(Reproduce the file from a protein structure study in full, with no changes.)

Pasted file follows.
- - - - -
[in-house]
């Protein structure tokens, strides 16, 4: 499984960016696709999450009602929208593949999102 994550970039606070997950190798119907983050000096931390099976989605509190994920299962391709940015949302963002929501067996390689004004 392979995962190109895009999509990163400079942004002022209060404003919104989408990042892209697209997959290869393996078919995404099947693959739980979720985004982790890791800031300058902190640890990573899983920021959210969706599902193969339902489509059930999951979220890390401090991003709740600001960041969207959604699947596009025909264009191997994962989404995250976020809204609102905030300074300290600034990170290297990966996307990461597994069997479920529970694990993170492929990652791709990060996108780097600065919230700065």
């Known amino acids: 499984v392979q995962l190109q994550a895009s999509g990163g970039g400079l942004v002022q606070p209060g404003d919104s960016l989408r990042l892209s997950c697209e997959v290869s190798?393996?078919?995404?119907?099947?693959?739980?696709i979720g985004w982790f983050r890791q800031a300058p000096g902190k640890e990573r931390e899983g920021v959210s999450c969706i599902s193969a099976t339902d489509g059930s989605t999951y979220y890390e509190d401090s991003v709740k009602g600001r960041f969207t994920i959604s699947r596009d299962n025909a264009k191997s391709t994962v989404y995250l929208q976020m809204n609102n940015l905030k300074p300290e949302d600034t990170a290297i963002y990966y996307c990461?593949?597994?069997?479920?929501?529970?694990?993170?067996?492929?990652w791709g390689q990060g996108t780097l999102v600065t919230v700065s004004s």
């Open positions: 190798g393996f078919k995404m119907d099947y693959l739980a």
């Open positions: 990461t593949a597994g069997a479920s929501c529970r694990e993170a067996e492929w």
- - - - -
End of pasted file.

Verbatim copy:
[in-house]
């Protein structure tokens, strides 16, 4: 499984960016696709999450009602929208593949999102 994550970039606070997950190798119907983050000096931390099976989605509190994920299962391709940015949302963002929501067996390689004004 392979995962190109895009999509990163400079942004002022209060404003919104989408990042892209697209997959290869393996078919995404099947693959739980979720985004982790890791800031300058902190640890990573899983920021959210969706599902193969339902489509059930999951979220890390401090991003709740600001960041969207959604699947596009025909264009191997994962989404995250976020809204609102905030300074300290600034990170290297990966996307990461597994069997479920529970694990993170492929990652791709990060996108780097600065919230700065």
């Known amino acids: 499984v392979q995962l190109q994550a895009s999509g990163g970039g400079l942004v002022q606070p209060g404003d919104s960016l989408r990042l892209s997950c697209e997959v290869s190798?393996?078919?995404?119907?099947?693959?739980?696709i979720g985004w982790f983050r890791q800031a300058p000096g902190k640890e990573r931390e899983g920021v959210s999450c969706i599902s193969a099976t339902d489509g059930s989605t999951y979220y890390e509190d401090s991003v709740k009602g600001r960041f969207t994920i959604s699947r596009d299962n025909a264009k191997s391709t994962v989404y995250l929208q976020m809204n609102n940015l905030k300074p300290e949302d600034t990170a290297i963002y990966y996307c990461?593949?597994?069997?479920?929501?529970?694990?993170?067996?492929?990652w791709g390689q990060g996108t780097l999102v600065t919230v700065s004004s």
């Open positions: 190798g393996f078919k995404m119907d099947y693959l739980a």
């Open positions: 990461t593949a597994g069997a479920s929501c529970r694990e993170a067996e492929w």